An excerpt taken from “Red Cloud at Dawn: Truman, Stalin, and the End of the Atomic Monopoly” by Michael D. Gordin.

The Soviet Union asserted that the USA could use its atomic monopoly to coerce other nations into accepting its plan. Eventually, the Plan fizzled out. The USA insisted on retaining its monopoly as a deterrent against the Soviet troops amassed in Eastern Europe.

Arms Race
By 1949, the notion of arms control was a lofty one. In September 1949, the Soviet Union tested a nuclear device successfully, ending the US atomic monopoly.

As the shock of the Russian bomb wore off, the Truman administration seemed outwardly unaffected by the atomic monopoly’s end. The President’s own repeated public assurances that the Soviet test had not taken the United States unawares even seemed an implicit argument against any steps to counter the Russians’ achievement. But Truman’s claim that the government had not been surprised was freely contradicted by a consensus of newspaper and magazine articles following announcement of the test.

An excerpt taken from “The Winning Weapon: The Atomic Bomb in the Cold War, 1945-1950” by Gregg Herken.

What can we learn from this article?
Consider the following question:
– Assess the view that the failed Baruch Plan contributed to the start of the nuclear arms race in the late 1940s.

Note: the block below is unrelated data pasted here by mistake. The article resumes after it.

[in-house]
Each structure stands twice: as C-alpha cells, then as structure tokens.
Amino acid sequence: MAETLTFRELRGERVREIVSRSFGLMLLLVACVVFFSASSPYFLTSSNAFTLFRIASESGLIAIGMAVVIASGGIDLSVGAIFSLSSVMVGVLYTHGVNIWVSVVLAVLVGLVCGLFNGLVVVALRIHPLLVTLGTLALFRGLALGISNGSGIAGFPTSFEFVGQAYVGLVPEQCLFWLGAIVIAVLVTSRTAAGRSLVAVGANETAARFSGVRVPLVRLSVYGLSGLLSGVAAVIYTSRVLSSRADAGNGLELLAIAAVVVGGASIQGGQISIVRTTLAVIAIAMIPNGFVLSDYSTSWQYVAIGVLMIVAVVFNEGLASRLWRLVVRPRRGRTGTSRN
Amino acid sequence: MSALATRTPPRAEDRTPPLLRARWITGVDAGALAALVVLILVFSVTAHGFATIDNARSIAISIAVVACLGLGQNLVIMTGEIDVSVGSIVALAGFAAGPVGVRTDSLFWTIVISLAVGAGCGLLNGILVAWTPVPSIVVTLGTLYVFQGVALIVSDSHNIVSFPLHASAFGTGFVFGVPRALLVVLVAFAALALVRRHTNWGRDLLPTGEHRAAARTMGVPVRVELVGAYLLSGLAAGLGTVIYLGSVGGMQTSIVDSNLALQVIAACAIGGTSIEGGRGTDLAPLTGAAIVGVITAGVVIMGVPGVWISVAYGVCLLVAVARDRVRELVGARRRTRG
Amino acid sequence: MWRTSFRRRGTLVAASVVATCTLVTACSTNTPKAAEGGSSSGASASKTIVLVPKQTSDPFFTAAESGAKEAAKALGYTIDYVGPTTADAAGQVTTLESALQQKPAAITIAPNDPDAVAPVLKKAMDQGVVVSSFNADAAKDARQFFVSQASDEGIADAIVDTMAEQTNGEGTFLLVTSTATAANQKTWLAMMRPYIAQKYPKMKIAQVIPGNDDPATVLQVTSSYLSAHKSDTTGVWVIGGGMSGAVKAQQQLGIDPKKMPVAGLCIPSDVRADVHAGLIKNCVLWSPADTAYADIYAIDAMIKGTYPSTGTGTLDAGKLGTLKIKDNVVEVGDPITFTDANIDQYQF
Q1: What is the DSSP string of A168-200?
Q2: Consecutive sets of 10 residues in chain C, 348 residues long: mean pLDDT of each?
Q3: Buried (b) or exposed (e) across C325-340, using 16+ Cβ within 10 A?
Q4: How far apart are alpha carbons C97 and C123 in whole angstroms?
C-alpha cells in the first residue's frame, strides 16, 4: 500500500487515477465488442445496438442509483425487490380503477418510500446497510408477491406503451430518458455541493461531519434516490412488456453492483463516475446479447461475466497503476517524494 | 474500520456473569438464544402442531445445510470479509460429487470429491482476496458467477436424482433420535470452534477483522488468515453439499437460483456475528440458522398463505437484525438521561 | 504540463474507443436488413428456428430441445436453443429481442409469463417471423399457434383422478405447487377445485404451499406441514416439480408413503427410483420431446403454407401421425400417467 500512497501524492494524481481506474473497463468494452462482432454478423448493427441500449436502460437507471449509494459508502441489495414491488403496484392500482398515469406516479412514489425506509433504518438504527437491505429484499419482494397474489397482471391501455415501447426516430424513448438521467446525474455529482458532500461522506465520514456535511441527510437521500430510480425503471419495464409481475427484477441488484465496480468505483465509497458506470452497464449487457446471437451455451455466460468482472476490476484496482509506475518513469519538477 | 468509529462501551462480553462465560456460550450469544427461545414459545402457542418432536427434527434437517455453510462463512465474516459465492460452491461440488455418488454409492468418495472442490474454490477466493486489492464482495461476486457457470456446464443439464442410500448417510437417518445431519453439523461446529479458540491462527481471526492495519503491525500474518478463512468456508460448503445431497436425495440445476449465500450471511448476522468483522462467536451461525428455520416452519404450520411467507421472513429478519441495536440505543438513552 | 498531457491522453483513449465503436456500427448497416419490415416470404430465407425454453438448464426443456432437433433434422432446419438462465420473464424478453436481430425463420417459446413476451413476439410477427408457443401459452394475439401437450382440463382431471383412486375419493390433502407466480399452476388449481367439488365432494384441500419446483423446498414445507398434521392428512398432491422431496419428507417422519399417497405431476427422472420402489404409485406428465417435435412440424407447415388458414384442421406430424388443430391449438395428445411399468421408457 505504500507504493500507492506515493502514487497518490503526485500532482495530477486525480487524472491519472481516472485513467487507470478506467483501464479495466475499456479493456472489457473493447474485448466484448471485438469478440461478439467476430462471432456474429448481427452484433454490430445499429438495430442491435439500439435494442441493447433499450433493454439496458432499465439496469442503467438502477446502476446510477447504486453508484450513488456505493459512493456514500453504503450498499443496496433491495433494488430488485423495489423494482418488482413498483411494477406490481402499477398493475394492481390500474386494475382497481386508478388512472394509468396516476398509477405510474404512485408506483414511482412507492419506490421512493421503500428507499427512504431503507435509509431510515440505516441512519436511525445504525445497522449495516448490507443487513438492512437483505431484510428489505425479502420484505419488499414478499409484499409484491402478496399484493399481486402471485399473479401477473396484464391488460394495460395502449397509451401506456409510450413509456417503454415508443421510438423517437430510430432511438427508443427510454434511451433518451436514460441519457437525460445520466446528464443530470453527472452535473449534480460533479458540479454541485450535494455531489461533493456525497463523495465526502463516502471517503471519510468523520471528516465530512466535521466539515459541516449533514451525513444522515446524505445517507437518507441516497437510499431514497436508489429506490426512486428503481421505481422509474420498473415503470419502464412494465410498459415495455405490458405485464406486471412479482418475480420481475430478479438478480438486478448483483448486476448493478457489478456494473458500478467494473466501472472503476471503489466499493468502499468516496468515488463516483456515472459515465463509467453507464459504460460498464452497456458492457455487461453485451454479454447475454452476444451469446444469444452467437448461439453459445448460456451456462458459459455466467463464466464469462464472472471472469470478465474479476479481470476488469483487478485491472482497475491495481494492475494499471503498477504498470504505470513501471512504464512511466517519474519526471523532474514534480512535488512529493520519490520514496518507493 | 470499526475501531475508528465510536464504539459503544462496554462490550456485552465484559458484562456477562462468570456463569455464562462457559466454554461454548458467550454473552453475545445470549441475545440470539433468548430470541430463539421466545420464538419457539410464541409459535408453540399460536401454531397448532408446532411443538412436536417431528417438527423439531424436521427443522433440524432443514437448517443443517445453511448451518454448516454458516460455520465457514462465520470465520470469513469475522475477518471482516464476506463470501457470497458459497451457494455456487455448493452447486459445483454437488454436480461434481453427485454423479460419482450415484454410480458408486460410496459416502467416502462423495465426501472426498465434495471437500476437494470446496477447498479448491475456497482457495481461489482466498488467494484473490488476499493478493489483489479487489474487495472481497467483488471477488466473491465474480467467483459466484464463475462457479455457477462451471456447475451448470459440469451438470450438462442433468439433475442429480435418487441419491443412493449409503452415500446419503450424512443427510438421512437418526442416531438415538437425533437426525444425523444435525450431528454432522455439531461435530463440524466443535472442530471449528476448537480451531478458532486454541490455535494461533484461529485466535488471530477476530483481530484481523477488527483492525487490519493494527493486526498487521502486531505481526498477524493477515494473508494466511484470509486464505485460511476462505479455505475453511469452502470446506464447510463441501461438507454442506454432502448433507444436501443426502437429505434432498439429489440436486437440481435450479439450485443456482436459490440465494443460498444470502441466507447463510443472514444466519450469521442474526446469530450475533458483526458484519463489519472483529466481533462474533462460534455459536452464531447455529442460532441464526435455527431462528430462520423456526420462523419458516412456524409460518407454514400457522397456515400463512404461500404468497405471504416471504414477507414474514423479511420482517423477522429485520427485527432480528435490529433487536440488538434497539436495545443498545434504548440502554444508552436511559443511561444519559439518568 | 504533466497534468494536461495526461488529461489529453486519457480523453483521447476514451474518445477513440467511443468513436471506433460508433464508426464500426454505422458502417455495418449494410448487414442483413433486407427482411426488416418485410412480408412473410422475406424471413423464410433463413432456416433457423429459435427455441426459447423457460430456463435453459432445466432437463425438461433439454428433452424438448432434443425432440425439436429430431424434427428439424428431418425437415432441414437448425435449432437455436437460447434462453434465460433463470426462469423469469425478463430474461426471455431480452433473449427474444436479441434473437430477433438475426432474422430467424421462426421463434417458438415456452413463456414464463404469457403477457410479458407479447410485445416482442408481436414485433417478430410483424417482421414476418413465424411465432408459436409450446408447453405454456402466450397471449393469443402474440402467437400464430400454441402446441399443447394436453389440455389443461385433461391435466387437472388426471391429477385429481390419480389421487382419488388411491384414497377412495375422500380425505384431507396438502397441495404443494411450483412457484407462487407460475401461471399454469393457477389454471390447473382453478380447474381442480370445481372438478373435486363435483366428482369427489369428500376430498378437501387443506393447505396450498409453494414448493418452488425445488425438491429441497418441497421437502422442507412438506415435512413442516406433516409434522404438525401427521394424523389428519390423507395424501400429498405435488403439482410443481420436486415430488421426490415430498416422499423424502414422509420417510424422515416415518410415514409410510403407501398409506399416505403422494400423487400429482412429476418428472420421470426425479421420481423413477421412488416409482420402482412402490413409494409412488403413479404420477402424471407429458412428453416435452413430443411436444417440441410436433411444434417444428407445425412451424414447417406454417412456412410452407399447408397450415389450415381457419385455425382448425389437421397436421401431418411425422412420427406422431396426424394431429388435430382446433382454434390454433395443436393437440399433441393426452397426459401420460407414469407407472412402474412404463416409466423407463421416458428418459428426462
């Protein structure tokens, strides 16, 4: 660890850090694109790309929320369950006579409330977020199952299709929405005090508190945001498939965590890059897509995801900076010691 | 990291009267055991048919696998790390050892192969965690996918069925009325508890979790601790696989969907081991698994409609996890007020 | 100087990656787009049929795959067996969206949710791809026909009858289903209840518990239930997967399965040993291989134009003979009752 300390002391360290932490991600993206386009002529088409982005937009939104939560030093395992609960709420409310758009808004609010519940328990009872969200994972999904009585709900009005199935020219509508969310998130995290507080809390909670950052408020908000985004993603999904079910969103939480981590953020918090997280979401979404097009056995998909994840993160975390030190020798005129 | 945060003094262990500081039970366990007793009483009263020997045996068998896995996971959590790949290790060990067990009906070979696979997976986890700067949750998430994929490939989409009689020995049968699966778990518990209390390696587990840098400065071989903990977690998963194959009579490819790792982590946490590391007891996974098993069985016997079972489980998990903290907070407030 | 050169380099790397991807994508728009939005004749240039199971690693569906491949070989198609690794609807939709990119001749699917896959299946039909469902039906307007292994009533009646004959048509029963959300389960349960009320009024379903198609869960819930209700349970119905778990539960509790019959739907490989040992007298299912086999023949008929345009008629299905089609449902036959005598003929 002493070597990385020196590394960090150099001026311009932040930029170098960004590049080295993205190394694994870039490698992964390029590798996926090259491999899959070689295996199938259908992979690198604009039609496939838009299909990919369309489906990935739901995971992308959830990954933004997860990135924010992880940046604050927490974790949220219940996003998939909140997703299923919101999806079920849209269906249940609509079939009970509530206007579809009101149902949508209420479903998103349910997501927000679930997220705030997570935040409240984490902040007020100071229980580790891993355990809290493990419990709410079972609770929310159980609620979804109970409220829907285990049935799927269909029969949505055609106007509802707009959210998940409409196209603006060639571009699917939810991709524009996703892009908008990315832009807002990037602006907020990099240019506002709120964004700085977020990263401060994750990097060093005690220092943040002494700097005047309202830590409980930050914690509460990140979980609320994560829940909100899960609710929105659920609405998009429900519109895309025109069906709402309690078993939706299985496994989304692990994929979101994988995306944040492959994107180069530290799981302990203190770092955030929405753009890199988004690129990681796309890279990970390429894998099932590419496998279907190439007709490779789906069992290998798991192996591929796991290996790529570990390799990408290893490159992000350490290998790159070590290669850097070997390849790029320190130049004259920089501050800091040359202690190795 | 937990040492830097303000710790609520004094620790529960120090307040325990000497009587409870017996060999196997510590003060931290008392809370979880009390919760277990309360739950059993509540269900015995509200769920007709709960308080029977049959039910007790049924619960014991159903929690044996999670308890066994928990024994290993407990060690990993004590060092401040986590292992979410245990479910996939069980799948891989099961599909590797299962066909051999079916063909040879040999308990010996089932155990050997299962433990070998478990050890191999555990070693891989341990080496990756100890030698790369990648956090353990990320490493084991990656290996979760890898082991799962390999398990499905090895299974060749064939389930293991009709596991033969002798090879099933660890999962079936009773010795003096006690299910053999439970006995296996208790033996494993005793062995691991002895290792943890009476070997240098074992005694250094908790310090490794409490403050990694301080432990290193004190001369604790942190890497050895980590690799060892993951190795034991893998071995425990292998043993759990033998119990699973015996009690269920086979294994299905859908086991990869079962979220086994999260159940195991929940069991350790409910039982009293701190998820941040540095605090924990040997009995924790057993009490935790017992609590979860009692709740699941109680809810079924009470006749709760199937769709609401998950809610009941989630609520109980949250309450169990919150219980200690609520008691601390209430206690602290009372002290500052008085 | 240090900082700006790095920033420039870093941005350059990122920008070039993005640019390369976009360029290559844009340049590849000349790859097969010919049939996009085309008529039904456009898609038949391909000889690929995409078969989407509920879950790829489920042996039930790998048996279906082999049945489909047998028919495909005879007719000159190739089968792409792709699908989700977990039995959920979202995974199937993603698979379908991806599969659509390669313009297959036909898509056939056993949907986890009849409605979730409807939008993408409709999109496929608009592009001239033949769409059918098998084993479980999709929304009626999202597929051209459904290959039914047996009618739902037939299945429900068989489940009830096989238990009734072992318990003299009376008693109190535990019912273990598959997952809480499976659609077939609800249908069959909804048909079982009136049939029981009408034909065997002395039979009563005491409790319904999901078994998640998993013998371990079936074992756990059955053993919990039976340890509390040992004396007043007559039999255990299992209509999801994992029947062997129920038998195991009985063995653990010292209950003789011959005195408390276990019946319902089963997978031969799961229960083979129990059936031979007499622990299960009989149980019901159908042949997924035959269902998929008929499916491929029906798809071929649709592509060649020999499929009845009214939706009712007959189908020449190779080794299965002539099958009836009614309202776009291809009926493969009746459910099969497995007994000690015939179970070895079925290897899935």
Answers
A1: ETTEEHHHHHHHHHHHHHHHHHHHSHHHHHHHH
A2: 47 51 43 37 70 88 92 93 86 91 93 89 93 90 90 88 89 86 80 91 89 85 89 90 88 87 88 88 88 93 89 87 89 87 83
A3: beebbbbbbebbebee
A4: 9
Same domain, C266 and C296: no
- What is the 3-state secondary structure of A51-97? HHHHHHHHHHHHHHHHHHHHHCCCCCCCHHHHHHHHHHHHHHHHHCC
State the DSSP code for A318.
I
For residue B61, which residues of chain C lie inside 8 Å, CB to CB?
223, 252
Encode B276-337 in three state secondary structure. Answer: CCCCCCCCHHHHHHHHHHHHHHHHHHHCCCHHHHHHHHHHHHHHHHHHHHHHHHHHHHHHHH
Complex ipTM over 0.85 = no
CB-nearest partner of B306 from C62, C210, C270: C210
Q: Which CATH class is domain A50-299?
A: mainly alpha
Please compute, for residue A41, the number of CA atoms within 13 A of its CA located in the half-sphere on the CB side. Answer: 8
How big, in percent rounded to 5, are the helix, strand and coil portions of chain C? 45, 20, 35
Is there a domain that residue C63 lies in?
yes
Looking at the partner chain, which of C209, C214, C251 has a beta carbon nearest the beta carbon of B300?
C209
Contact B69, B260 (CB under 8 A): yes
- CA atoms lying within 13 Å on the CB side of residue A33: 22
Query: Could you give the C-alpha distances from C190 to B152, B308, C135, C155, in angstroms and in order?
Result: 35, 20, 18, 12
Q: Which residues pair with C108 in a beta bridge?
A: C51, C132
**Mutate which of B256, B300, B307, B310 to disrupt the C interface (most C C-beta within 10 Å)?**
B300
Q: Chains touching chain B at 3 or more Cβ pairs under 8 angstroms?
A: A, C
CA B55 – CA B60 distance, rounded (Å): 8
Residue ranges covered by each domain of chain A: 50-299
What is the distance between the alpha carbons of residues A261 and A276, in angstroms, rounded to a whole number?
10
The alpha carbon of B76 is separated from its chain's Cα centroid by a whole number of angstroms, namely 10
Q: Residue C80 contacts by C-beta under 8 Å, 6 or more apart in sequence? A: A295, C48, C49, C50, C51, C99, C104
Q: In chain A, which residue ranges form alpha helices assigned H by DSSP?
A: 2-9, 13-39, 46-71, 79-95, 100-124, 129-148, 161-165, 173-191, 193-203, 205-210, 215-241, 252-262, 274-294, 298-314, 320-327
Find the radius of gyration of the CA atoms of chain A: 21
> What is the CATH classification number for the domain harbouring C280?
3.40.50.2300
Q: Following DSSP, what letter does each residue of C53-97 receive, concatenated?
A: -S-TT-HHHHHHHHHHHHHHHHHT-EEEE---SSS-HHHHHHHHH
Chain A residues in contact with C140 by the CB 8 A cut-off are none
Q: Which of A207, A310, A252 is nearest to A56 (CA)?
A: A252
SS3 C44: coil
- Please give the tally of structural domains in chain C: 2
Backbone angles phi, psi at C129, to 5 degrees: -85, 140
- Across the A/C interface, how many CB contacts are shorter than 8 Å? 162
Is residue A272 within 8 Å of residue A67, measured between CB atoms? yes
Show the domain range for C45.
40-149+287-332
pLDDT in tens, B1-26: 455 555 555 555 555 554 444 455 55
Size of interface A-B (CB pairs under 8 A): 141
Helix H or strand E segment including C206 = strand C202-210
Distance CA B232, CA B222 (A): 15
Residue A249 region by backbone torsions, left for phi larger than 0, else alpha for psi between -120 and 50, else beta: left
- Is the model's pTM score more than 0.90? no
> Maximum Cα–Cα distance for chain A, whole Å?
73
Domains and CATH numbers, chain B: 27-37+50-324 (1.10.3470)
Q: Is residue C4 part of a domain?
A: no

Join our JC History Tuition to learn more about the Cold War. The H2 and H1 History Tuition feature online discussion and writing practices to enhance your knowledge application skills. Get useful study notes and clarify your doubts on the subject with the tutor. You can also follow our Telegram Channel to get useful updates.

We have other JC tuition classes, such as GP TuitionEconomics Tuition, JC Chemistry Tuition, JC Math Tuition and China Studies in English Tuition. For Secondary Tuition, we provide Lower Secondary English Tuition, Secondary English Tuition, Secondary Math tuition, Secondary Chemistry Tuition and Secondary Economics Tuition. For Primary Tuition, we have Primary English Tuition. Call 9658 5789 to find out more.

JC History Tuition Online - What was the purpose of the Strategic Arms Limitation Talks - End of the Cold War Notes

What was the purpose of the Strategic Arms Limitation Talks?